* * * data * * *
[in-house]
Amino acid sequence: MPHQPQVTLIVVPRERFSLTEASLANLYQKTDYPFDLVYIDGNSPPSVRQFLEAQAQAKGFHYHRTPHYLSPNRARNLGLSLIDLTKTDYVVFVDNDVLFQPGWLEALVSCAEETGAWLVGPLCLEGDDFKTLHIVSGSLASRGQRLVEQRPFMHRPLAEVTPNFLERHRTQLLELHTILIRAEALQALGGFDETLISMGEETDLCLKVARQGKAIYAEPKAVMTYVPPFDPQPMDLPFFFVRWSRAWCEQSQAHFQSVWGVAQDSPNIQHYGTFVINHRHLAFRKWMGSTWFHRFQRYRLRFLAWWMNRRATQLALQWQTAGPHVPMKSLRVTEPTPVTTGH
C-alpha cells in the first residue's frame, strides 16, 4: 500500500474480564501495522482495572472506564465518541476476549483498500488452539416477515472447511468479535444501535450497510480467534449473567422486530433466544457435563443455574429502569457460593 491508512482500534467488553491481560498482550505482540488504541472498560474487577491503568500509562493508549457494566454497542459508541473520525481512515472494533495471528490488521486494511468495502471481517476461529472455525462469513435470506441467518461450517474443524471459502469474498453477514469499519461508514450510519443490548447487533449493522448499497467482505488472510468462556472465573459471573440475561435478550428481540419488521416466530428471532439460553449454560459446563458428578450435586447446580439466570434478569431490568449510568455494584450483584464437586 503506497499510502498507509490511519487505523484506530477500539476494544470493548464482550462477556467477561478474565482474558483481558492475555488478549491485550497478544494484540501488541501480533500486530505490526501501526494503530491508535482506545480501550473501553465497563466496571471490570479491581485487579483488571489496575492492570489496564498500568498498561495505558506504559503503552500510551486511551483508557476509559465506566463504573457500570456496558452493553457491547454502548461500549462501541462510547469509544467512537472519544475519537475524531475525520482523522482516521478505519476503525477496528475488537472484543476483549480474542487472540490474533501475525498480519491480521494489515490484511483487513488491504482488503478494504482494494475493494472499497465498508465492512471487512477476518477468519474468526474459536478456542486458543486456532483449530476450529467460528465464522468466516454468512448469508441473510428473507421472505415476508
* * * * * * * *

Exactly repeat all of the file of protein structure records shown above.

[in-house]
Amino acid sequence: MPHQPQVTLIVVPRERFSLTEASLANLYQKTDYPFDLVYIDGNSPPSVRQFLEAQAQAKGFHYHRTPHYLSPNRARNLGLSLIDLTKTDYVVFVDNDVLFQPGWLEALVSCAEETGAWLVGPLCLEGDDFKTLHIVSGSLASRGQRLVEQRPFMHRPLAEVTPNFLERHRTQLLELHTILIRAEALQALGGFDETLISMGEETDLCLKVARQGKAIYAEPKAVMTYVPPFDPQPMDLPFFFVRWSRAWCEQSQAHFQSVWGVAQDSPNIQHYGTFVINHRHLAFRKWMGSTWFHRFQRYRLRFLAWWMNRRATQLALQWQTAGPHVPMKSLRVTEPTPVTTGH
C-alpha cells in the first residue's frame, strides 16, 4: 500500500474480564501495522482495572472506564465518541476476549483498500488452539416477515472447511468479535444501535450497510480467534449473567422486530433466544457435563443455574429502569457460593 491508512482500534467488553491481560498482550505482540488504541472498560474487577491503568500509562493508549457494566454497542459508541473520525481512515472494533495471528490488521486494511468495502471481517476461529472455525462469513435470506441467518461450517474443524471459502469474498453477514469499519461508514450510519443490548447487533449493522448499497467482505488472510468462556472465573459471573440475561435478550428481540419488521416466530428471532439460553449454560459446563458428578450435586447446580439466570434478569431490568449510568455494584450483584464437586 503506497499510502498507509490511519487505523484506530477500539476494544470493548464482550462477556467477561478474565482474558483481558492475555488478549491485550497478544494484540501488541501480533500486530505490526501501526494503530491508535482506545480501550473501553465497563466496571471490570479491581485487579483488571489496575492492570489496564498500568498498561495505558506504559503503552500510551486511551483508557476509559465506566463504573457500570456496558452493553457491547454502548461500549462501541462510547469509544467512537472519544475519537475524531475525520482523522482516521478505519476503525477496528475488537472484543476483549480474542487472540490474533501475525498480519491480521494489515490484511483487513488491504482488503478494504482494494475493494472499497465498508465492512471487512477476518477468519474468526474459536478456542486458543486456532483449530476450529467460528465464522468466516454468512448469508441473510428473507421472505415476508